That Fannie Mae / Federal National Mortgage Assctn Fnni Me (OTCBB:FNMA) and Freddie Mac / Federal Home Loan Mortgage Corp (OTCBB:FMCC) are profitable has become one of the truisms of the debate over the future of the government sponsored enterprises, or whatever Federal agency replaces. But that narrative is based on Office of Management and Budget (OMB) accounting, the executive agency that helps the president prepare his budget. According to the Congressional Budget Office, Fannie Mae and Freddie Mac are actually losing money and will continue to be a drag on the budget for the next ten years, even though they are cash flow positive.

Fannie Mae, Freddie Mac Not Profitable According To The CBO

CBO treats Fannie Mae, Freddie Mac as part of the Federal government

“The premise of CBO’s scoring and fair value is that the government basically owns the GSE’s now,” explained Deborah Lucas, a professor of finance at the MIT Sloan School of Management and former assistant director of the CBO at a conference earlier this week. “They collect fees, but they also take on the liabilities of new guarantees. So the CBO conclusion is that the net value is slightly negative because the fee income in the future doesn’t quite cover the cost of those new guarantees.”

The fundamental difference between the OMB and CBO approaches is that the OMB views Fannie Mae / Federal National Mortgage Assctn Fnni Me (OTCBB:FNMA) and Freddie Mac / Federal Home Loan Mortgage Corp (OTCBB:FMCC) as third party entities, so whenever they send cash to Treasury (such as the income sweeps that began more than a year ago) the OMB records that as a receipt to the government, while the CBO simply sees an intergovernmental transfer.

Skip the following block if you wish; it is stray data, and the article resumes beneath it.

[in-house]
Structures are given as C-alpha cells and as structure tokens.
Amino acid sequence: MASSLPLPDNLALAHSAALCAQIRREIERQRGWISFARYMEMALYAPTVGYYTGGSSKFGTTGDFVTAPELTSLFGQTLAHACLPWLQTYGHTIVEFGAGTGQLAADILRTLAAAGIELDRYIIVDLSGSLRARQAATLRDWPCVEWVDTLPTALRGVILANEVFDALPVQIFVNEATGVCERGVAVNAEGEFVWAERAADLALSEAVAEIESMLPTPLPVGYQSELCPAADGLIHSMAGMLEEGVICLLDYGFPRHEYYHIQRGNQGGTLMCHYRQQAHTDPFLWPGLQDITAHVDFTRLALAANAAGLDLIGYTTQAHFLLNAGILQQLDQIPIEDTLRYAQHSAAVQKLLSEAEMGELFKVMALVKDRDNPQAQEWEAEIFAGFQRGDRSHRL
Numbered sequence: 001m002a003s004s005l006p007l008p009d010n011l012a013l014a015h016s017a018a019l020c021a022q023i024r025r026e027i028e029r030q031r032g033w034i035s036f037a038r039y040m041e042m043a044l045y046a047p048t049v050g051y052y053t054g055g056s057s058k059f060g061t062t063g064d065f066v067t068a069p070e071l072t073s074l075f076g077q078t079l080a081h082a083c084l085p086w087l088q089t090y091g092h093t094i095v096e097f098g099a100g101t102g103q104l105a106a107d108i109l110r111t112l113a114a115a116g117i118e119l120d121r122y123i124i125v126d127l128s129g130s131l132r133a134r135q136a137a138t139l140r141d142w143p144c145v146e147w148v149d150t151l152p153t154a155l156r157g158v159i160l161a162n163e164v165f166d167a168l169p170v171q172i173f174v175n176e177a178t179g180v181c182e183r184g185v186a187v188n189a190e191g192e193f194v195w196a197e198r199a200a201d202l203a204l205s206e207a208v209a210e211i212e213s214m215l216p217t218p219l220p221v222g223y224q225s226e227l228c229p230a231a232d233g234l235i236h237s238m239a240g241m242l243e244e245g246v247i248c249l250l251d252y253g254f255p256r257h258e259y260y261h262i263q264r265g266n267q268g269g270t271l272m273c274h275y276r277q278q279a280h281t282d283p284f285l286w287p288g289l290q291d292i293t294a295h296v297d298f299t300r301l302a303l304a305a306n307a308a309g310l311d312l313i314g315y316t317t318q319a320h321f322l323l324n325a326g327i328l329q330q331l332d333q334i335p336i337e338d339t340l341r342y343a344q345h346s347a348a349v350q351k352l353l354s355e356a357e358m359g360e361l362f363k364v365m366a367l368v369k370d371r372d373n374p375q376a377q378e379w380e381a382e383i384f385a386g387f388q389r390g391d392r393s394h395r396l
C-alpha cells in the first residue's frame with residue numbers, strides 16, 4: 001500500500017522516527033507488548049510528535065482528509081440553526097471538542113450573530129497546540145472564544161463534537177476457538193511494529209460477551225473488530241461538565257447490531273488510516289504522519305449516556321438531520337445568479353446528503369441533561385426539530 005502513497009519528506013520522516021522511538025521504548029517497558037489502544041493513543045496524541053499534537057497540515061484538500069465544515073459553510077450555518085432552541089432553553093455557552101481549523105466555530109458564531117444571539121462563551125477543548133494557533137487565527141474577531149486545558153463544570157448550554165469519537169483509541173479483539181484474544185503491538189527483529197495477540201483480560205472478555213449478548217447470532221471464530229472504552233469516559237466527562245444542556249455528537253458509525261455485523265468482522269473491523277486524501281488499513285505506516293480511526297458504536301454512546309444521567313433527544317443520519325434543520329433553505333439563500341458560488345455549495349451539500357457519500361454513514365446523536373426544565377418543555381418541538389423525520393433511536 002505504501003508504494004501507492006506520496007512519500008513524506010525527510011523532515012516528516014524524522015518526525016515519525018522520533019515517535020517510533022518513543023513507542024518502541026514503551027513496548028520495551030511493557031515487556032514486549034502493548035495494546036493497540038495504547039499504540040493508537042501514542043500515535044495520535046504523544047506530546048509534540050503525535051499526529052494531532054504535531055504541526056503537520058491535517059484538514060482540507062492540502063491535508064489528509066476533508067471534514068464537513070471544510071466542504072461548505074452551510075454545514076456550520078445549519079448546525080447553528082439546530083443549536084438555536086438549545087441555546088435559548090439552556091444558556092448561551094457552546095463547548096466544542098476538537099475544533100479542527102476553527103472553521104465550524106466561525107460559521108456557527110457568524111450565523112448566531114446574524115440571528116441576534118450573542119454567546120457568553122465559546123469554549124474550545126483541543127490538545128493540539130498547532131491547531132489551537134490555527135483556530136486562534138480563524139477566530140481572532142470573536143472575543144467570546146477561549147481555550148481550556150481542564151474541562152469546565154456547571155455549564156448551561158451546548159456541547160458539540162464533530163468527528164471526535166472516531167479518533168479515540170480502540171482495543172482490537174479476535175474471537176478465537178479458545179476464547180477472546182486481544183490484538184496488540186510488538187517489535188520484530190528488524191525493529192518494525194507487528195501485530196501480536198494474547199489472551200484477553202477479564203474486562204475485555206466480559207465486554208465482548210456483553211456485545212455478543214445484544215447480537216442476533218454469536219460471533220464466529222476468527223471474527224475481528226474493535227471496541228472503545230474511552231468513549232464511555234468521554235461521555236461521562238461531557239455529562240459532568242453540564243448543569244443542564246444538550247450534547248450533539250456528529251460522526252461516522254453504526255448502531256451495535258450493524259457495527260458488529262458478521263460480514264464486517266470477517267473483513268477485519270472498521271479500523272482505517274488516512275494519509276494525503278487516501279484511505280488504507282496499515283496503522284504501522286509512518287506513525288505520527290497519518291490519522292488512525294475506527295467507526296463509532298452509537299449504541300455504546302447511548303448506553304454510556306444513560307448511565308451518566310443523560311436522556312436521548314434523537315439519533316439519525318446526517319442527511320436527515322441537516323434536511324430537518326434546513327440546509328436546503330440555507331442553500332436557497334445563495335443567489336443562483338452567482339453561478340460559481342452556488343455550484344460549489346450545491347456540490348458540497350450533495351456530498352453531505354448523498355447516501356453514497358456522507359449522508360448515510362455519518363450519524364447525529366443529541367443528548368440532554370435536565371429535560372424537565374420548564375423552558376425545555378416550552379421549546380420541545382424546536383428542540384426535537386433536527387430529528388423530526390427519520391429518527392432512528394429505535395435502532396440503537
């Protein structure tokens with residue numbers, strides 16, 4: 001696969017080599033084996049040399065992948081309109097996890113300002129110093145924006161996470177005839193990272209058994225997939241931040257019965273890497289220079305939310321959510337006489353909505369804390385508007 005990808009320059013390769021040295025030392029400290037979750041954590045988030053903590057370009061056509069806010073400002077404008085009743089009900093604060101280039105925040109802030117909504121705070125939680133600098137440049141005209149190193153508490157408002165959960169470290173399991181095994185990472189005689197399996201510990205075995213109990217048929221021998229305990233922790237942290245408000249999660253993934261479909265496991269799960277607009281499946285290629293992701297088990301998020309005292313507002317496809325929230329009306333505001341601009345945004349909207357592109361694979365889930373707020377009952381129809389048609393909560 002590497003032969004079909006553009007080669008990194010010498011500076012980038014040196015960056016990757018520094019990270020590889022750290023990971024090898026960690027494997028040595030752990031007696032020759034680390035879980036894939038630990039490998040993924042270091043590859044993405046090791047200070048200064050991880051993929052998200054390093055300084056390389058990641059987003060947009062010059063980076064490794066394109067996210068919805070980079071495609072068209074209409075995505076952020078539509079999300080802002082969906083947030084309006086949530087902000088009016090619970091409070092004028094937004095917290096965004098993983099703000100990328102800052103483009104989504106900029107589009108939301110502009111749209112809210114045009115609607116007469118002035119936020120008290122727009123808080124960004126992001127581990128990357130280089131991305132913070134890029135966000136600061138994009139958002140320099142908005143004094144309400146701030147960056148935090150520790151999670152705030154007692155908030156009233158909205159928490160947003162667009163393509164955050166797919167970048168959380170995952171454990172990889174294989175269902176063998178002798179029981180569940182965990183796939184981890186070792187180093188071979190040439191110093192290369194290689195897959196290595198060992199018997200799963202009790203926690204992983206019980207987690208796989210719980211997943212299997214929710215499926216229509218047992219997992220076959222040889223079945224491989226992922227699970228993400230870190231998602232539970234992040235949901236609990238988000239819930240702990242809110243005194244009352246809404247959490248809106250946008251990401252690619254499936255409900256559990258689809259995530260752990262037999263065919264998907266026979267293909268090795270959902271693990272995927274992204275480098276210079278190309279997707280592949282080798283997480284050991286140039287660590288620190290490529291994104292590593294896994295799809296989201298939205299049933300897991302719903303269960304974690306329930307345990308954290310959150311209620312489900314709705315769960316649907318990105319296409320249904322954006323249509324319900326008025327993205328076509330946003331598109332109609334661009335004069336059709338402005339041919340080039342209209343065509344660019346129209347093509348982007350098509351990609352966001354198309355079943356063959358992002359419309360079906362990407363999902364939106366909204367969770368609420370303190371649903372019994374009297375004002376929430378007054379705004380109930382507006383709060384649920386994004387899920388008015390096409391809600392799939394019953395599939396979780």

“The cash that they’re receiving is flowing off the assets that the government already owns,” says Lucas. “It’s coming from this existing book of mortgages, but the government already owns that value.”

Cash flow accounting is backward looking

Lucas contends that accounting on a cash flow basis doesn’t give a full economic picture of what’s really happening because the method is backward looking. The inflows that Fannie Mae and Freddie Mac are getting now flow from guarantees that were made in the past, so their present cash flow position doesn’t necessarily tell you what’s happening right now. It also ignores the time-value of money and the cost of market risk, which seems unreasonable when determining the value of 30-year mortgage guarantees.

Since the Fannie Mae / Federal National Mortgage Assctn Fnni Me (OTCBB:FNMA) and Freddie Mac / Federal Home Loan Mortgage Corp (OTCBB:FMCC) are offering guarantees below market rates, fair value accounting simply marks that as a loss because it’s looking at the long-term expected impact of guarantees made this year, instead of the cumulative flows caused by all guarantees that have been made in the past. (Intuitively, the GSEs must be offering a discount to competitive rates, because otherwise private capital would move into the secondary mortgage market.)

“Almost any credit activity by the government when accounted for on a cash basis is gonna look pretty profitable, so it’s not a very telling way to look at it,” says Lucas. “This fair value approach offers lawmakers and the public the most comprehensive and transparent treatment that’s out there in terms of how to include them in the budget.”